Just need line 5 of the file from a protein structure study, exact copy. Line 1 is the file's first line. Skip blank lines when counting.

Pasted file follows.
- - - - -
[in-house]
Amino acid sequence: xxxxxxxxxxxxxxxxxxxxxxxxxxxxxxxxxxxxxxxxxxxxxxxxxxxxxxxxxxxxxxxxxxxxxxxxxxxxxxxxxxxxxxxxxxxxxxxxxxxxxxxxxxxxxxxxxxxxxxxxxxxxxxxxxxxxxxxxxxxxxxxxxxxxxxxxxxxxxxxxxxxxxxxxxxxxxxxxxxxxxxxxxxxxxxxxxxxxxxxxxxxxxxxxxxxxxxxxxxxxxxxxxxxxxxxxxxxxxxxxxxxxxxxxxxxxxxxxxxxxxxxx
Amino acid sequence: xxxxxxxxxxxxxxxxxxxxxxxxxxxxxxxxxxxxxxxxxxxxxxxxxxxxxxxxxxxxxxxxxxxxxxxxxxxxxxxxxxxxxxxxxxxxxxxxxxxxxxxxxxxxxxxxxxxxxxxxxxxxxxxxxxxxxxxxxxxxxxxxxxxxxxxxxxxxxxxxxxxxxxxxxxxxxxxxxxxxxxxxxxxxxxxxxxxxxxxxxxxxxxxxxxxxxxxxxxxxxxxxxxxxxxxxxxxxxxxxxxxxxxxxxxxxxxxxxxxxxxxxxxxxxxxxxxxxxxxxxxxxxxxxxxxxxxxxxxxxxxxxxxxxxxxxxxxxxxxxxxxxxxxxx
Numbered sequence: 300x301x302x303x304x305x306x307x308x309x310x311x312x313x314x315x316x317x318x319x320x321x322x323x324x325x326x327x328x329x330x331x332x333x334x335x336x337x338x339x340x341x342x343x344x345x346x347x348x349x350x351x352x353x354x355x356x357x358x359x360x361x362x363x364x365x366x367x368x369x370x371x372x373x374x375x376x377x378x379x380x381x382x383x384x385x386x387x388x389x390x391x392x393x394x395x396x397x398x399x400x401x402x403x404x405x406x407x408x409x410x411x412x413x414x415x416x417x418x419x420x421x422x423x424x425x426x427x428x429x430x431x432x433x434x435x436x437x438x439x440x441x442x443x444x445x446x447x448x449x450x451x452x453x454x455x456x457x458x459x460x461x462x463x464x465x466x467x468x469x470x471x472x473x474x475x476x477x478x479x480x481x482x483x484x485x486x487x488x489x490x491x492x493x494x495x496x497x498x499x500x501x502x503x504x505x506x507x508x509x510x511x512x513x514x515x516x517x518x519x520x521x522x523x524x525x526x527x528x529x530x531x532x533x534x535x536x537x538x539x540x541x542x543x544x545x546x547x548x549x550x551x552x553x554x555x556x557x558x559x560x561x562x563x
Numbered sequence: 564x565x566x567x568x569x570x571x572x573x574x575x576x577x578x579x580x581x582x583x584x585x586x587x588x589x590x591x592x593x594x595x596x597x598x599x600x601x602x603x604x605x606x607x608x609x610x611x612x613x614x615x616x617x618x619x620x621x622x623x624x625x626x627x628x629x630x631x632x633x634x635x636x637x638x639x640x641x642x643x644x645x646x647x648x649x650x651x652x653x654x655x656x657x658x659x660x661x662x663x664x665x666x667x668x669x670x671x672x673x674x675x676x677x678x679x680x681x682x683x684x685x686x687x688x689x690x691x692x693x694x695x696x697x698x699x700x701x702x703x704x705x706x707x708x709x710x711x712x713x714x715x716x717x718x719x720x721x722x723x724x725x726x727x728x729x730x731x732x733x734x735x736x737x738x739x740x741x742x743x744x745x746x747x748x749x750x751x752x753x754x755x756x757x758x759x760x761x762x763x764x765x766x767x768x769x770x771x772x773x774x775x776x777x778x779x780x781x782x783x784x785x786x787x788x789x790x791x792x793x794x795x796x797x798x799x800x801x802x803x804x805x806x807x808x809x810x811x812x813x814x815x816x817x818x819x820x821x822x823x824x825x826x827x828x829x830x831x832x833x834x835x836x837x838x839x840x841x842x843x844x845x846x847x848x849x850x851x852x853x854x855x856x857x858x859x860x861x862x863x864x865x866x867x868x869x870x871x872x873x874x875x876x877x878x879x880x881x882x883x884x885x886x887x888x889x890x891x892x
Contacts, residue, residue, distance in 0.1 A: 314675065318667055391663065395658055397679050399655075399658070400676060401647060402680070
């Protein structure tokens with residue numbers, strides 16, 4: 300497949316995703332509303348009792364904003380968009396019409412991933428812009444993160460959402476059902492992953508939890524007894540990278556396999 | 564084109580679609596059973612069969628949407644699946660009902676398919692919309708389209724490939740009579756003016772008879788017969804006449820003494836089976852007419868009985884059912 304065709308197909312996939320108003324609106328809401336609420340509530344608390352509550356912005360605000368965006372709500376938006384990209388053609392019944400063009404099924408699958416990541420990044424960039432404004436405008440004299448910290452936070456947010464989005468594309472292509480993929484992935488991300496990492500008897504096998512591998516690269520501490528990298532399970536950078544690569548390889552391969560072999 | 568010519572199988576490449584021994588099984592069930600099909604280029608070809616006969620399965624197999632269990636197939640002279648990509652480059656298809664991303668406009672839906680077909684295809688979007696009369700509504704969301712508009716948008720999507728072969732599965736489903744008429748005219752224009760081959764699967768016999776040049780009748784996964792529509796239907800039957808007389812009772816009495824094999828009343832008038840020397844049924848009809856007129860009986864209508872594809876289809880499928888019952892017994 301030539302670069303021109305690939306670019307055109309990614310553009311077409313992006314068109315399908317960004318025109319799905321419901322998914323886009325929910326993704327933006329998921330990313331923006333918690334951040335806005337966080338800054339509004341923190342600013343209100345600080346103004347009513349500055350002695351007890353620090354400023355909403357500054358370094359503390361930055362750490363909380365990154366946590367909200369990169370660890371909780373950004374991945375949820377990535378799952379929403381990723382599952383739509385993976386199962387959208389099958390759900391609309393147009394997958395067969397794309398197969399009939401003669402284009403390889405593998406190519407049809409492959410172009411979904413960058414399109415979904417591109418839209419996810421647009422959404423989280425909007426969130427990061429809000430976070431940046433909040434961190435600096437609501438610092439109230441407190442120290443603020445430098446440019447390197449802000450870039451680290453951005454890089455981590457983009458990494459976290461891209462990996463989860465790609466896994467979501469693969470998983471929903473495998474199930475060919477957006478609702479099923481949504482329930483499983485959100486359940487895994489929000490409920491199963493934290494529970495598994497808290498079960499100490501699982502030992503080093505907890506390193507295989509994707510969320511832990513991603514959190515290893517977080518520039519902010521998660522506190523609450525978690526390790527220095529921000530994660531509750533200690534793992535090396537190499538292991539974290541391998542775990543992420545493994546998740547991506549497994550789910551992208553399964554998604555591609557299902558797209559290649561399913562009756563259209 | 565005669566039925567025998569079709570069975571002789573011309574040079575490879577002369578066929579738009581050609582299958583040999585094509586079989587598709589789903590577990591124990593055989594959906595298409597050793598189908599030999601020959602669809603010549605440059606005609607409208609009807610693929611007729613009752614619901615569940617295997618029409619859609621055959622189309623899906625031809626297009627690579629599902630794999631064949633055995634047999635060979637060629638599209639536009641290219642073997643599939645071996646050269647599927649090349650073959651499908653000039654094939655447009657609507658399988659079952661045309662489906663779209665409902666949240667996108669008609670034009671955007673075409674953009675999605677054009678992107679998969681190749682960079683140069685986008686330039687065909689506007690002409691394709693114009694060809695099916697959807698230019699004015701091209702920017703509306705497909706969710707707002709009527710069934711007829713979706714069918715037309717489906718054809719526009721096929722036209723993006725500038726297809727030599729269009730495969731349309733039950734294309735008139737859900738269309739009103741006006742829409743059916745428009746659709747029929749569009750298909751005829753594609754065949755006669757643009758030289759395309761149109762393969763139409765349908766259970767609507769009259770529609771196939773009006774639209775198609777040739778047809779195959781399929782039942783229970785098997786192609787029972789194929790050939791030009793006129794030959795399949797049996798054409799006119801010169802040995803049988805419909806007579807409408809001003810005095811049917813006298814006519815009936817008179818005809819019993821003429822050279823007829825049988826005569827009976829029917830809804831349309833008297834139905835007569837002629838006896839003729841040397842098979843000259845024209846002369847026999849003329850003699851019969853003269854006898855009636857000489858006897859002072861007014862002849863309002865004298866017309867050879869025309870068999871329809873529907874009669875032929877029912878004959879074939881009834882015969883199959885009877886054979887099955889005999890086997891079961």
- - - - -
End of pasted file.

Numbered sequence: 564x565x566x567x568x569x570x571x572x573x574x575x576x577x578x579x580x581x582x583x584x585x586x587x588x589x590x591x592x593x594x595x596x597x598x599x600x601x602x603x604x605x606x607x608x609x610x611x612x613x614x615x616x617x618x619x620x621x622x623x624x625x626x627x628x629x630x631x632x633x634x635x636x637x638x639x640x641x642x643x644x645x646x647x648x649x650x651x652x653x654x655x656x657x658x659x660x661x662x663x664x665x666x667x668x669x670x671x672x673x674x675x676x677x678x679x680x681x682x683x684x685x686x687x688x689x690x691x692x693x694x695x696x697x698x699x700x701x702x703x704x705x706x707x708x709x710x711x712x713x714x715x716x717x718x719x720x721x722x723x724x725x726x727x728x729x730x731x732x733x734x735x736x737x738x739x740x741x742x743x744x745x746x747x748x749x750x751x752x753x754x755x756x757x758x759x760x761x762x763x764x765x766x767x768x769x770x771x772x773x774x775x776x777x778x779x780x781x782x783x784x785x786x787x788x789x790x791x792x793x794x795x796x797x798x799x800x801x802x803x804x805x806x807x808x809x810x811x812x813x814x815x816x817x818x819x820x821x822x823x824x825x826x827x828x829x830x831x832x833x834x835x836x837x838x839x840x841x842x843x844x845x846x847x848x849x850x851x852x853x854x855x856x857x858x859x860x861x862x863x864x865x866x867x868x869x870x871x872x873x874x875x876x877x878x879x880x881x882x883x884x885x886x887x888x889x890x891x892x